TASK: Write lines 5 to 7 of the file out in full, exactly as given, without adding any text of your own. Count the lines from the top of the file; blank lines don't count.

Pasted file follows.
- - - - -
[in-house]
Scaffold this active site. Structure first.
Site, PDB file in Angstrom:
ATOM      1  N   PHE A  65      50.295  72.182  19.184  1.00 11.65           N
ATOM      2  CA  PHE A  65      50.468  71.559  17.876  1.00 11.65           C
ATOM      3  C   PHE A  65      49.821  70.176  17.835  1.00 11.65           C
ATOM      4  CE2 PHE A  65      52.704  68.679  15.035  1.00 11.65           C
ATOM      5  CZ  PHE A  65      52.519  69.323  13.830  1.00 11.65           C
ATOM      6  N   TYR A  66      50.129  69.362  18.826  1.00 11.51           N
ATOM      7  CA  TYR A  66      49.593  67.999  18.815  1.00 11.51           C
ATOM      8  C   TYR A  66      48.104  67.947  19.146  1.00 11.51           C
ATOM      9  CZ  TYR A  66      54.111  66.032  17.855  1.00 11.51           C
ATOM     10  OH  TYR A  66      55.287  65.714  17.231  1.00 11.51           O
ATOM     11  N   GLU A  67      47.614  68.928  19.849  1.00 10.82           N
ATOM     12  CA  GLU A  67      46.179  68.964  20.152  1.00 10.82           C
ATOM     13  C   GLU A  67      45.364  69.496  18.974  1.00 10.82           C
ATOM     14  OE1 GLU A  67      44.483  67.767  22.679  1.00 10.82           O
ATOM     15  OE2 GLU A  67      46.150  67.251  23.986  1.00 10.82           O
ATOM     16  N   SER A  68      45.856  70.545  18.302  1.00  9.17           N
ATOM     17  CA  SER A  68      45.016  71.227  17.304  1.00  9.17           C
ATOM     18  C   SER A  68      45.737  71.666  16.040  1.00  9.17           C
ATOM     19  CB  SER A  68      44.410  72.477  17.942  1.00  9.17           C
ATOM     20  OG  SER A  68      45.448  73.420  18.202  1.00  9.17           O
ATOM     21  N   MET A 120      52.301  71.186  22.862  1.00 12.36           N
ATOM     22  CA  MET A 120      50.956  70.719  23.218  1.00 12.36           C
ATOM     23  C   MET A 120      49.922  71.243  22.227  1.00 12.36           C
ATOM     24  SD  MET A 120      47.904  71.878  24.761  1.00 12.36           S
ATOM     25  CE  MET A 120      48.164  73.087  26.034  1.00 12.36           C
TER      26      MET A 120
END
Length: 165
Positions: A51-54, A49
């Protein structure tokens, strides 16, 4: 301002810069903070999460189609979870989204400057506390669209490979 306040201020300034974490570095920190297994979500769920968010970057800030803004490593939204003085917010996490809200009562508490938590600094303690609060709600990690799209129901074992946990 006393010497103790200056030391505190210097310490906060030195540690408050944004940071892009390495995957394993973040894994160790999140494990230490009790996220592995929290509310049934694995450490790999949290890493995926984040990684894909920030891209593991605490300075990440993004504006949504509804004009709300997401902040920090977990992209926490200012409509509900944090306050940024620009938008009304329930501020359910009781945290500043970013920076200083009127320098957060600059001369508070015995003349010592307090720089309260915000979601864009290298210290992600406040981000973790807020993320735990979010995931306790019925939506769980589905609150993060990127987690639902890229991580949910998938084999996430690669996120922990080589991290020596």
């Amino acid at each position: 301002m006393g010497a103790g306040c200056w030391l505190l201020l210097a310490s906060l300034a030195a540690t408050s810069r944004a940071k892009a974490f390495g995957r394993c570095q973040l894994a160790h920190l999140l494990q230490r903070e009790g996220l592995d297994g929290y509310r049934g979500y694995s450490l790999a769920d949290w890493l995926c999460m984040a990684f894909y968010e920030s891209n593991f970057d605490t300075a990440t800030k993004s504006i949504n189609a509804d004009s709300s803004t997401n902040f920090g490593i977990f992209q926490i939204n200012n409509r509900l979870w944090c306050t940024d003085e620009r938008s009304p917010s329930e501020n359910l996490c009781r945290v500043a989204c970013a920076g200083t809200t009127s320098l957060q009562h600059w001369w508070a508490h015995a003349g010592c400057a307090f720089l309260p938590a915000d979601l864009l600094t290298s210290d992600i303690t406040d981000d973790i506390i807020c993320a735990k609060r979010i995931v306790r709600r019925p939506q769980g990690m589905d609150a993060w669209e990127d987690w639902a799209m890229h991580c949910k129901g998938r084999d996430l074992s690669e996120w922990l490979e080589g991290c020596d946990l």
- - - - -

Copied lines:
ATOM      2  CA  PHE A  65      50.468  71.559  17.876  1.00 11.65           C
ATOM      3  C   PHE A  65      49.821  70.176  17.835  1.00 11.65           C
ATOM      4  CE2 PHE A  65      52.704  68.679  15.035  1.00 11.65           C